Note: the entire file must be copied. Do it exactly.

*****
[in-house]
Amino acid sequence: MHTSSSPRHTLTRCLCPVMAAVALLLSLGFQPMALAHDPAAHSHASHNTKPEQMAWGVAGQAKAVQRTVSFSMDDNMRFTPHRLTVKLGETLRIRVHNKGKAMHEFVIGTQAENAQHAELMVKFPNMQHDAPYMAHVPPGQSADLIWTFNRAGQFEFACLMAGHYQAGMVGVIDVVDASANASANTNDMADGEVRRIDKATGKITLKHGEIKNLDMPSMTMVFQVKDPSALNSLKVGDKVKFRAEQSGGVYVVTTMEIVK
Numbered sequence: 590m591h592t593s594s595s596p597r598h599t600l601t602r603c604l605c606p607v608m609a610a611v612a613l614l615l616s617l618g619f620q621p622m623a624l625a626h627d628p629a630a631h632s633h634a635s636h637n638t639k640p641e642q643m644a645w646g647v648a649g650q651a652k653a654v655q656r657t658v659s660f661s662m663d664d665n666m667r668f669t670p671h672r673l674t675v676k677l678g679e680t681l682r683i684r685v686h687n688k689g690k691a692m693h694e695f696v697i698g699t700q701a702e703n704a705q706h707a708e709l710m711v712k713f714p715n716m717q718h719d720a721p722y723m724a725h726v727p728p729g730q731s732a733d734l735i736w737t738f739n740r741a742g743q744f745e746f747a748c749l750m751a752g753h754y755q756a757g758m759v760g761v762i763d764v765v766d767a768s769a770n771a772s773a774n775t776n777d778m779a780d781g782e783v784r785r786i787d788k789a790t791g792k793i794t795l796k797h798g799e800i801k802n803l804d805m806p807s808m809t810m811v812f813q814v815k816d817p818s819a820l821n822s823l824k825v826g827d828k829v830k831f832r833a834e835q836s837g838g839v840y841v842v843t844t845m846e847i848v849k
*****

[in-house]
Amino acid sequence: MHTSSSPRHTLTRCLCPVMAAVALLLSLGFQPMALAHDPAAHSHASHNTKPEQMAWGVAGQAKAVQRTVSFSMDDNMRFTPHRLTVKLGETLRIRVHNKGKAMHEFVIGTQAENAQHAELMVKFPNMQHDAPYMAHVPPGQSADLIWTFNRAGQFEFACLMAGHYQAGMVGVIDVVDASANASANTNDMADGEVRRIDKATGKITLKHGEIKNLDMPSMTMVFQVKDPSALNSLKVGDKVKFRAEQSGGVYVVTTMEIVK
Numbered sequence: 590m591h592t593s594s595s596p597r598h599t600l601t602r603c604l605c606p607v608m609a610a611v612a613l614l615l616s617l618g619f620q621p622m623a624l625a626h627d628p629a630a631h632s633h634a635s636h637n638t639k640p641e642q643m644a645w646g647v648a649g650q651a652k653a654v655q656r657t658v659s660f661s662m663d664d665n666m667r668f669t670p671h672r673l674t675v676k677l678g679e680t681l682r683i684r685v686h687n688k689g690k691a692m693h694e695f696v697i698g699t700q701a702e703n704a705q706h707a708e709l710m711v712k713f714p715n716m717q718h719d720a721p722y723m724a725h726v727p728p729g730q731s732a733d734l735i736w737t738f739n740r741a742g743q744f745e746f747a748c749l750m751a752g753h754y755q756a757g758m759v760g761v762i763d764v765v766d767a768s769a770n771a772s773a774n775t776n777d778m779a780d781g782e783v784r785r786i787d788k789a790t791g792k793i794t795l796k797h798g799e800i801k802n803l804d805m806p807s808m809t810m811v812f813q814v815k816d817p818s819a820l821n822s823l824k825v826g827d828k829v830k831f832r833a834e835q836s837g838g839v840y841v842v843t844t845m846e847i848v849k